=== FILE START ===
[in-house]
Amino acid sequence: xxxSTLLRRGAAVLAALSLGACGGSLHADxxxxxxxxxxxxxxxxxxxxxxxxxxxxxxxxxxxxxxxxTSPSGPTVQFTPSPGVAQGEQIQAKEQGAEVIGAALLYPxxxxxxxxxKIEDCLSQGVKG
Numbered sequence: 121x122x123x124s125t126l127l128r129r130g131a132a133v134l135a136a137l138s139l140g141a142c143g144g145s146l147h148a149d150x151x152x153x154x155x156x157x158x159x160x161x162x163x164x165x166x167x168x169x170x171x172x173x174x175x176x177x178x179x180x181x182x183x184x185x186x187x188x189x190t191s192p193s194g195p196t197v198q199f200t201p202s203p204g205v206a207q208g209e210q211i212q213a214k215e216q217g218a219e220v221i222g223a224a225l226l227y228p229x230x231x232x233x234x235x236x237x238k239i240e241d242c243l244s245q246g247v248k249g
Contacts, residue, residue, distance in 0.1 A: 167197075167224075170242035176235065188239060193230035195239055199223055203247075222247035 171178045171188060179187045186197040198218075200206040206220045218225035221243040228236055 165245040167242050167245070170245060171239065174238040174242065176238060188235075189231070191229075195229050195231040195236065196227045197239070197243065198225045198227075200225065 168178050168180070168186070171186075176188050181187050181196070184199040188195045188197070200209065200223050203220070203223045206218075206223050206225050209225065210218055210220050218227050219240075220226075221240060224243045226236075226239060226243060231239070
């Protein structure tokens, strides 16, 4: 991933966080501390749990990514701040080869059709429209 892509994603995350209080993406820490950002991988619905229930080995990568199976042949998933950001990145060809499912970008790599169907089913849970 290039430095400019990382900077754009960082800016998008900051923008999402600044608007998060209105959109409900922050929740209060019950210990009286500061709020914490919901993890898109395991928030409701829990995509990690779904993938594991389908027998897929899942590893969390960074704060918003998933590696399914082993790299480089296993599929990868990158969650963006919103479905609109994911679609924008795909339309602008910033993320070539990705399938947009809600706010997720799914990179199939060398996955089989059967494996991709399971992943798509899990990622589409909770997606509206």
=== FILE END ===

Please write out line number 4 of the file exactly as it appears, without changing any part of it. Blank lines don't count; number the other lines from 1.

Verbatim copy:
Contacts, residue, residue, distance in 0.1 A: 167197075167224075170242035176235065188239060193230035195239055199223055203247075222247035 171178045171188060179187045186197040198218075200206040206220045218225035221243040228236055 165245040167242050167245070170245060171239065174238040174242065176238060188235075189231070191229075195229050195231040195236065196227045197239070197243065198225045198227075200225065 168178050168180070168186070171186075176188050181187050181196070184199040188195045188197070200209065200223050203220070203223045206218075206223050206225050209225065210218055210220050218227050219240075220226075221240060224243045226236075226239060226243060231239070